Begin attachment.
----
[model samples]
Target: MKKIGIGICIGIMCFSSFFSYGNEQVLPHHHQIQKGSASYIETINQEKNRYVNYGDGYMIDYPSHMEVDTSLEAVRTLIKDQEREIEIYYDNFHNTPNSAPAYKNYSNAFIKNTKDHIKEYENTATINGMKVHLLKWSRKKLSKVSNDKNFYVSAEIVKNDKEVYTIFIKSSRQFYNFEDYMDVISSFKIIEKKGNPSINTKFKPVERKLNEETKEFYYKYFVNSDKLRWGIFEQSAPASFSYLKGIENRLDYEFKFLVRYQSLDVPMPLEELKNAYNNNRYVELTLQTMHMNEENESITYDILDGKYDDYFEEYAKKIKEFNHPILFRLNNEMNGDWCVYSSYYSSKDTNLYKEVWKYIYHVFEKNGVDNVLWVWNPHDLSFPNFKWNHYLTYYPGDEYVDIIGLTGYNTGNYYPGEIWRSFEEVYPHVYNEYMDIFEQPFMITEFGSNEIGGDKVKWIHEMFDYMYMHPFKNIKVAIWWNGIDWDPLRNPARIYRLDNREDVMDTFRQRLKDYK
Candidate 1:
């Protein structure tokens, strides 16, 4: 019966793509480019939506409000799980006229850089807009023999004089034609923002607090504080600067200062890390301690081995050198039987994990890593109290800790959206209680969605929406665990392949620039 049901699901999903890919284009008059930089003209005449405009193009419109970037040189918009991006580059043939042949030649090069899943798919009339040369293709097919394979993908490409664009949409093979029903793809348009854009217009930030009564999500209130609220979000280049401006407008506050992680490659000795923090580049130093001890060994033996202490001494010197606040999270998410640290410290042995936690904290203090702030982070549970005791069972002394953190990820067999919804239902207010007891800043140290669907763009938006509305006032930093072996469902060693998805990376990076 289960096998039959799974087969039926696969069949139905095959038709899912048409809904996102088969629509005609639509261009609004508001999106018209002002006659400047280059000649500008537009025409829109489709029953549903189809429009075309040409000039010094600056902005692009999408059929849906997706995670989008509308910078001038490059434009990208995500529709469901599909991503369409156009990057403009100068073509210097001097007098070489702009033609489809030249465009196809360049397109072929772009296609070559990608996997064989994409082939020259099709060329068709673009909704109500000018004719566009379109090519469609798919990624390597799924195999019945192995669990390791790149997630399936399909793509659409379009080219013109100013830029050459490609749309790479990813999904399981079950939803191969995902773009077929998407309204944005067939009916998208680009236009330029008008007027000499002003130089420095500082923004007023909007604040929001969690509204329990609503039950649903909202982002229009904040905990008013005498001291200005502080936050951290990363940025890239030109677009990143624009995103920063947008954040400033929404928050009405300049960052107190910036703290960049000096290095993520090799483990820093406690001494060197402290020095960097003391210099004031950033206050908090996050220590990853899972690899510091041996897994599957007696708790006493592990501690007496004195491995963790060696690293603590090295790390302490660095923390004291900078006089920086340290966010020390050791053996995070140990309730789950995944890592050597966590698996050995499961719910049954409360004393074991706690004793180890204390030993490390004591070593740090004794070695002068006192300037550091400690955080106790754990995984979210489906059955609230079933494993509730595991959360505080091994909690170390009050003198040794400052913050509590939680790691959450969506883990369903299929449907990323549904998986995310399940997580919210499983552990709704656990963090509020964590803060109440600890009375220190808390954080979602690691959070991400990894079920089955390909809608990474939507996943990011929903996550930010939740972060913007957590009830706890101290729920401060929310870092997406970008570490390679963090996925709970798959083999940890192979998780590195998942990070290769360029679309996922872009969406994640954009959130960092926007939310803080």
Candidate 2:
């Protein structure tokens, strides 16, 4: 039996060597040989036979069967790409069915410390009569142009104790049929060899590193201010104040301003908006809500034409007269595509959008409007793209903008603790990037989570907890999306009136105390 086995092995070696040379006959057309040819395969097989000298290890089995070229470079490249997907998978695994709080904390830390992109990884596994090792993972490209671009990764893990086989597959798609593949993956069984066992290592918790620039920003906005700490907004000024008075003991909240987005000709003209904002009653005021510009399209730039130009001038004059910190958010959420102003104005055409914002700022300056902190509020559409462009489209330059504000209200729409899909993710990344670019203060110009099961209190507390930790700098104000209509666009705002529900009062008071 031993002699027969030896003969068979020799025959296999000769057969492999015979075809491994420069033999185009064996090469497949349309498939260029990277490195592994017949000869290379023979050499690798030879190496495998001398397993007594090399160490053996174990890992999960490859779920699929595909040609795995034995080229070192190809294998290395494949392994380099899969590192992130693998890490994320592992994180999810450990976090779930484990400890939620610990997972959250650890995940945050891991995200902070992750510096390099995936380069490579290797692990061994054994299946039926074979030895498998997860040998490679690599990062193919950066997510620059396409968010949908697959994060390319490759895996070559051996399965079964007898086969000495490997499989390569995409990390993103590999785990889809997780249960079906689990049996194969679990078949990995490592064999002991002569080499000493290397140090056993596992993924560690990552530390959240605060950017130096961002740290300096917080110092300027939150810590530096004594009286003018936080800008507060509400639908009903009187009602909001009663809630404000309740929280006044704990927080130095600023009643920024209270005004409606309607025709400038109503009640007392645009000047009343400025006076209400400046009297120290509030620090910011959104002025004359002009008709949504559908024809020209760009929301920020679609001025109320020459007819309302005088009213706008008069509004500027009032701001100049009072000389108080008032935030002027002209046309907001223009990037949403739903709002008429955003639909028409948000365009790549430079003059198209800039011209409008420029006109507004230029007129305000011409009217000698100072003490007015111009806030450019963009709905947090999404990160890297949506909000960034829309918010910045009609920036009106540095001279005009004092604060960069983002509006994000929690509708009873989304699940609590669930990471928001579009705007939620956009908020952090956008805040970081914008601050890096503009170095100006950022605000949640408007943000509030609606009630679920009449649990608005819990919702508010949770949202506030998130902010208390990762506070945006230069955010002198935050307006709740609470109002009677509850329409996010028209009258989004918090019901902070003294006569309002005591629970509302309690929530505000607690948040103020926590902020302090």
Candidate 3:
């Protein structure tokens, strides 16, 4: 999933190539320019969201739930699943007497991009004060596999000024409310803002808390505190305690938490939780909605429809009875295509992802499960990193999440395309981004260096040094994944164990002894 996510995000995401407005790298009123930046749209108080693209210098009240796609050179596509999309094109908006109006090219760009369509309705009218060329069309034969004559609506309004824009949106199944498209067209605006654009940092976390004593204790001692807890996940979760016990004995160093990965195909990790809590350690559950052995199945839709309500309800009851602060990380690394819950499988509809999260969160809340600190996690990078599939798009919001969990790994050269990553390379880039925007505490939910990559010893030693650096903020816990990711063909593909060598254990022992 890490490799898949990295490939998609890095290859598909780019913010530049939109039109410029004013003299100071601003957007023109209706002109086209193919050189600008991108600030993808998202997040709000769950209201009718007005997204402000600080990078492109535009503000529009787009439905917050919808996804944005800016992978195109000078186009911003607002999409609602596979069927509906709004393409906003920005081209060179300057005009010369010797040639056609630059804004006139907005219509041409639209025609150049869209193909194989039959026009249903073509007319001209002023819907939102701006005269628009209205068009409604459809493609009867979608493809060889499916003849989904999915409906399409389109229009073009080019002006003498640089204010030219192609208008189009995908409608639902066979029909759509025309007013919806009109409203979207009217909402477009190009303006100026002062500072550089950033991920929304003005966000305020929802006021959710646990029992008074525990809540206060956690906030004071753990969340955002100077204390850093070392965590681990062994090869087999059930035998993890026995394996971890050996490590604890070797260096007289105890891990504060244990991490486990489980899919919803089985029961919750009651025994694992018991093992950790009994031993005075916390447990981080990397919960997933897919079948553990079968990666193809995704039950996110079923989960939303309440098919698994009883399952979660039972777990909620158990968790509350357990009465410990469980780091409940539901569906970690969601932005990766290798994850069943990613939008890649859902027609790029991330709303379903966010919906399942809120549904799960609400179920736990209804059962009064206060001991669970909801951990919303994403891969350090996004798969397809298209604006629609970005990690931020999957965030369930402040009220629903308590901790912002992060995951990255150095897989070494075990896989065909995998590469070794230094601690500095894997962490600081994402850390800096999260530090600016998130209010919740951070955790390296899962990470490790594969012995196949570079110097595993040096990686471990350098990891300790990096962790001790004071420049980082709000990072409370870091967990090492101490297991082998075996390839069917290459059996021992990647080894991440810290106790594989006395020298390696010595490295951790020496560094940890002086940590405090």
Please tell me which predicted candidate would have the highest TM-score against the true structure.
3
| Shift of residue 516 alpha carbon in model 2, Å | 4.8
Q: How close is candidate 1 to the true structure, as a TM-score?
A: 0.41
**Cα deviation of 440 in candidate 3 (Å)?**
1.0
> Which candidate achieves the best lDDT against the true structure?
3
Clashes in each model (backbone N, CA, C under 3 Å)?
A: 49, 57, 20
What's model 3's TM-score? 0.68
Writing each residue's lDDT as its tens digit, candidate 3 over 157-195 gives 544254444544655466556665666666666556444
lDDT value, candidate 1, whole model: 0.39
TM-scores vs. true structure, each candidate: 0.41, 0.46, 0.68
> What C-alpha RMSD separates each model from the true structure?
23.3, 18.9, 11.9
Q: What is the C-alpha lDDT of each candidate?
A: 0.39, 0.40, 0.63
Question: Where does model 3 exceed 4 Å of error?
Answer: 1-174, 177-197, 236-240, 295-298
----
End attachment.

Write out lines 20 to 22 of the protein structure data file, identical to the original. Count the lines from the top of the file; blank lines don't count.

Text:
What's model 3's TM-score? 0.68
Writing each residue's lDDT as its tens digit, candidate 3 over 157-195 gives 544254444544655466556665666666666556444
lDDT value, candidate 1, whole model: 0.39